FIG. 4 illustrates an exemplary system for delivering atomic services. As shown therein, atomic services system includes an atomic services catalog 402 and an integration services bus 410 that provide atomic services output 414, 416 as illustrated in FIG. 4. Atomic services catalog 402 is a system, such as a database, file or list, that includes all available atomic services and identification of a service providers who perform at least one atomic service. Atomic services catalog 402 may include a list of service provider capabilities 404 along with atomic service definitions (or descriptions) 406. The service provider capabilities 404 are a compilation of which service providers can perform an atomic service and in at least one embodiment include an interface definition for how to reach and/or communicate with the service provider. The atomic service definitions 406 are the result of the atomic services as partitioned by the method of the present invention and outlined above with respect to FIG. 3.

As discussed above, the atomic services catalog 402 may be a database. The service provider capabilities 404 and atomic service definitions 406 may be stored in the database and mapped and cross-referenced in order to match the service provider capabilities 404 with the atomic service definitions 406. The matching or bundling of service provider capabilities 404 and atomic service definitions 406 may be based on a variety of considerations, for example, overall efficiency, skill, location, availability, etc.

Once entered into the atomic services catalog 402, atomic services may be matched or bundled in several ways, including in a predefined manner, manually, or based on policy. Predefined bundling of atomic services may be automated to be performed by the integration services bus 410 based on set rules that determine which services are to be performed by which service provider 414, 416. Manual bundling of services may be performed by a person, such as a service coordinator, account administrator, account manager, etc., who determines what services are needed to fulfill a service request. Policy bundling is performed based on a set of policy related criteria, such as security considerations, special customer requirements or requests, etc.

A system makes use of the atomic services catalog 402 to communicate with its service providers 414, 416. The system allocates an atomic service 406 to a service provider based on the enterprises' business process and service provider's capability 404. The system generates a message to “fulfill” an atomic service using service provider independent Web Services Definitions Language (WSDL) 408. The system puts the message on an integration services bus 410. The integration services bus transforms the message into the Web Services Definitions Language (WSDL) 412 of the appropriate target system 414, 416.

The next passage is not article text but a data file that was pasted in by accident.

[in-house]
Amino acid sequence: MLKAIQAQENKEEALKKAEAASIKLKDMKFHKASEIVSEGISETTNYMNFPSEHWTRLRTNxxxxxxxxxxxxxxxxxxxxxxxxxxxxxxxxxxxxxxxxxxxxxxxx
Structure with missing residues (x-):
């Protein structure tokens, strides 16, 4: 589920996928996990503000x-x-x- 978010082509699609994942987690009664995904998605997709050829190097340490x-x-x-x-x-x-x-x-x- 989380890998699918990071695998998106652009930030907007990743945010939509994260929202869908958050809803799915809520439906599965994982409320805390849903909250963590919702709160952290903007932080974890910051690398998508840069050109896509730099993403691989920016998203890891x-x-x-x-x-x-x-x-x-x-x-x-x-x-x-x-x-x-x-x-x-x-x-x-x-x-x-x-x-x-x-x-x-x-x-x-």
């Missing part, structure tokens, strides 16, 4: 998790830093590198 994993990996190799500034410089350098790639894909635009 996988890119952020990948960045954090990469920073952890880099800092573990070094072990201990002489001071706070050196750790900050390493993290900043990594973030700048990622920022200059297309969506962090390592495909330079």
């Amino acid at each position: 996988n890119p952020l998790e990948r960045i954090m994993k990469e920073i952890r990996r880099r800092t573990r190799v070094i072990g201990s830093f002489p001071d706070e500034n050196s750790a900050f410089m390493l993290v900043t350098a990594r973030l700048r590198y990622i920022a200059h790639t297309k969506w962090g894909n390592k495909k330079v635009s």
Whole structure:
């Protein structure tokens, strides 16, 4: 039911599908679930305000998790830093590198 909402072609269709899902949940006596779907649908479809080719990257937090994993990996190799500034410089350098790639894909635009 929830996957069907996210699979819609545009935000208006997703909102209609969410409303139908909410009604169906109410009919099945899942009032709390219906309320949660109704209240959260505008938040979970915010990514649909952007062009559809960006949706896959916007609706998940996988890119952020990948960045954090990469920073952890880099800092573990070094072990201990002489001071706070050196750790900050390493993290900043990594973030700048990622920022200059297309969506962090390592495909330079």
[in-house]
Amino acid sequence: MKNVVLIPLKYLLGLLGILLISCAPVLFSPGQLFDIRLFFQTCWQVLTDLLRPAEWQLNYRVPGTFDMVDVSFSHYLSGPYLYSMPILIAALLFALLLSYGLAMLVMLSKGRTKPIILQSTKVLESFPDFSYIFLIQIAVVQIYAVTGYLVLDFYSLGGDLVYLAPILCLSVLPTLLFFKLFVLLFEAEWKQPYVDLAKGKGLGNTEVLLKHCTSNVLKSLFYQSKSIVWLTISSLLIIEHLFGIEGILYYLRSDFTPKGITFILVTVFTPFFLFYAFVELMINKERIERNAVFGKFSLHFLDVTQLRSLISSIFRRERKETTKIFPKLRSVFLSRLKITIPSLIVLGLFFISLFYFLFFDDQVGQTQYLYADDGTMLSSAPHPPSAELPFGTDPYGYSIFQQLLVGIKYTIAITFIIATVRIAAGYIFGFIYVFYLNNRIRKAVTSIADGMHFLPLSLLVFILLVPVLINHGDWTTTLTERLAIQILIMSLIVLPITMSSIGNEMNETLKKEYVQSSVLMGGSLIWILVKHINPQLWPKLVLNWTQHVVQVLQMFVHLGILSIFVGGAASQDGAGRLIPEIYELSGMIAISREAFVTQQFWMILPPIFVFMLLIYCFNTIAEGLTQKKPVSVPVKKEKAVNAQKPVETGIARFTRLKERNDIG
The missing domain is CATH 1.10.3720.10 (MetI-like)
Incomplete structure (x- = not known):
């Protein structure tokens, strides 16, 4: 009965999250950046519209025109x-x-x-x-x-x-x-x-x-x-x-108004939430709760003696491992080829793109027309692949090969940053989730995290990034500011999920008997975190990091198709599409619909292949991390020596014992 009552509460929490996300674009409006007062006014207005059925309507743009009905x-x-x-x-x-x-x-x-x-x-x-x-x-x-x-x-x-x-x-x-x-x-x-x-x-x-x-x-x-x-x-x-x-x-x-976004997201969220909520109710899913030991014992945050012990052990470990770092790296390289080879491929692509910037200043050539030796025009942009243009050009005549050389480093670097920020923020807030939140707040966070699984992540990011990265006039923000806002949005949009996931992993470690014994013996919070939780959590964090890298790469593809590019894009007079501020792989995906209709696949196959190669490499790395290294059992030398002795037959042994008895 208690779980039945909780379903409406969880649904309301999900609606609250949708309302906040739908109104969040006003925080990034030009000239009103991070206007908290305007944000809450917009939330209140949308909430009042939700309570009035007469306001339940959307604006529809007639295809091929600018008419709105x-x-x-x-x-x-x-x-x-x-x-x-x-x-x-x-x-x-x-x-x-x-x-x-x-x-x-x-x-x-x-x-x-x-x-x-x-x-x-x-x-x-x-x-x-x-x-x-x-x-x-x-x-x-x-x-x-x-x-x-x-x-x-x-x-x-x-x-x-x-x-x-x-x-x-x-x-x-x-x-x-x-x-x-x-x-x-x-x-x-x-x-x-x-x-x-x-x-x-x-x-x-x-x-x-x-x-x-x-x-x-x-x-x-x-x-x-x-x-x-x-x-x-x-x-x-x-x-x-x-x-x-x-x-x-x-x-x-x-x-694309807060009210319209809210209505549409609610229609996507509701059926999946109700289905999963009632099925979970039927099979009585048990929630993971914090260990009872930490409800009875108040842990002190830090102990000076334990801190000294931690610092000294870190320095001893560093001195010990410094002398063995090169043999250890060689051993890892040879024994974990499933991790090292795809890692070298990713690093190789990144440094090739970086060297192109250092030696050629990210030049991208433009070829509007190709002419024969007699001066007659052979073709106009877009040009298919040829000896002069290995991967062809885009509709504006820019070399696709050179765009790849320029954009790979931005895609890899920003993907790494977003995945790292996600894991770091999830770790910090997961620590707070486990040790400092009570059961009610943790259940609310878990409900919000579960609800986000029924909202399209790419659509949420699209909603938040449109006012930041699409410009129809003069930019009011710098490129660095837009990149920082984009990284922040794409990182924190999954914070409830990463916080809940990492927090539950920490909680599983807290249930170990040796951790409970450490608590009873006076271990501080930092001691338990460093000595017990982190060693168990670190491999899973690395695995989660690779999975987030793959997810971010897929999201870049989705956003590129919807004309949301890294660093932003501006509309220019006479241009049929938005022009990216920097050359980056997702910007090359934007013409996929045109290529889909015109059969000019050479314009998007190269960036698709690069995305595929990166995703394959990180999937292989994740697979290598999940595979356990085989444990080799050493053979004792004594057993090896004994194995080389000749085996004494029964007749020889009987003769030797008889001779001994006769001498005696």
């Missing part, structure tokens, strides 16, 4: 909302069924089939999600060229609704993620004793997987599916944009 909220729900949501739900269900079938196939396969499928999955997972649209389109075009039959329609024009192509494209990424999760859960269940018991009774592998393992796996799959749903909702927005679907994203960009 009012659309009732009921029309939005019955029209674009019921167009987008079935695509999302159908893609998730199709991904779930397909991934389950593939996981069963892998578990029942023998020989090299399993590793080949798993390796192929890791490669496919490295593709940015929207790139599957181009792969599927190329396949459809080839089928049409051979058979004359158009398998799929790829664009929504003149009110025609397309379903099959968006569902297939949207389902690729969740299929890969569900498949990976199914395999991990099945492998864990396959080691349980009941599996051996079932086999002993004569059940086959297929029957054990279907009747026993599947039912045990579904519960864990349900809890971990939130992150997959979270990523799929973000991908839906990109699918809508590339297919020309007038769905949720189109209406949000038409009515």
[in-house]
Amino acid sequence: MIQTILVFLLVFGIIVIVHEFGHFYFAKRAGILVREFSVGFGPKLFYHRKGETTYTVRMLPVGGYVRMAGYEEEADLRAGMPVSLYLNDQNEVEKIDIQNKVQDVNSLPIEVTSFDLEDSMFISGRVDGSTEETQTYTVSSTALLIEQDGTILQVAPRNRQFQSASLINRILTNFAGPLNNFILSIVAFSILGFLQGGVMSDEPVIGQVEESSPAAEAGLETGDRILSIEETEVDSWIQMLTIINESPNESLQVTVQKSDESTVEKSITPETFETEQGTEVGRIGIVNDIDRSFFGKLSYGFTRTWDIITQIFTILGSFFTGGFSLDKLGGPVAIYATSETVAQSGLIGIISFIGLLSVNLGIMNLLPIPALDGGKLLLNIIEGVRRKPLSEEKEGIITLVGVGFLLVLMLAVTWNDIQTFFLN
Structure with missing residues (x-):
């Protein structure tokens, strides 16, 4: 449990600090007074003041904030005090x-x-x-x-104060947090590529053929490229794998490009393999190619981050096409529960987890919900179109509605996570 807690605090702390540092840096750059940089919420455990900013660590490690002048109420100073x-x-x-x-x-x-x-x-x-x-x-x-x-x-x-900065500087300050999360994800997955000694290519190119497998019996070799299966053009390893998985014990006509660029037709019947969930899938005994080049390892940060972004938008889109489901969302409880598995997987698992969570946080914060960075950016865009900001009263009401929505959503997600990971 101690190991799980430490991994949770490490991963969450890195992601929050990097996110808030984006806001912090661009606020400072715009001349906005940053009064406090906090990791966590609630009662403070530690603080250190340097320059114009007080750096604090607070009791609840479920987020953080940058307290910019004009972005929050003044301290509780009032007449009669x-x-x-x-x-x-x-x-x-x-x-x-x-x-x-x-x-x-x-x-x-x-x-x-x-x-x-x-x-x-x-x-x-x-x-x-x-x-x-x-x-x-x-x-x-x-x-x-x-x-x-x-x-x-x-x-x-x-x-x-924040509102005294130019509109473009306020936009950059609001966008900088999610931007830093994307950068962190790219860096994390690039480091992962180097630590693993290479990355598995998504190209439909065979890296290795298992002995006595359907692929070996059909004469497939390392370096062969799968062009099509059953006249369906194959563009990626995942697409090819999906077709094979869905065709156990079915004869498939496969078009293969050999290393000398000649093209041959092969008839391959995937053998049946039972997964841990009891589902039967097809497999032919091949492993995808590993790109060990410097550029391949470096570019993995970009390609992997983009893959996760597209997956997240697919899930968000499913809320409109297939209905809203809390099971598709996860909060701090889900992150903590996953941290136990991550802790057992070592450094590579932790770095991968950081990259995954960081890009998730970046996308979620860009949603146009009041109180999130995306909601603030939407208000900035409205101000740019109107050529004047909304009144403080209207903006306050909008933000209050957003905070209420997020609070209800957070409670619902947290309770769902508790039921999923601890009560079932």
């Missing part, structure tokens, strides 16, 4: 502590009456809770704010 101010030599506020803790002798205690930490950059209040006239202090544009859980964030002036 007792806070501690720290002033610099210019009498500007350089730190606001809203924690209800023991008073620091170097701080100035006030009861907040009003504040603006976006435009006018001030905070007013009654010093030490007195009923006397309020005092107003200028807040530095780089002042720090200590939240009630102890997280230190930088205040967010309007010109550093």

Service providers may optionally receive notifications to which they may respond with availability. This helps to ensure that services are reliably provided in a timely fashion. Once tasks are performed the service provider would notify the account manager.

The atomic services catalog 402 may also be updated to refine the atomic services through actual use of the atomic services system 400. The actual use of the atomic services catalog 402 may utilize mathematical techniques, such as algorithms, to track and update the granularity and performance of the atomic services. These algorithms may incorporate metrics, such as key performance indicators (KPIs) that are designed to reflect strategic value drivers that are defined by executives. These metrics can be designed to continually or periodically update based on a feedback loop. Metrics may be designed to measure a variety of parameters and allows each service to be analyzed to increase efficiencies. Service order metrics, for example, may be designed to measure turnaround time to process orders, minimum and maximum time to fulfill orders, quality of services provided, time to market for a particular service, etc. These metrics may also be sortable. These metrics in at least one embodiment help to further define competencies and the competencies help define boundaries by sending requested services to appropriate specialists.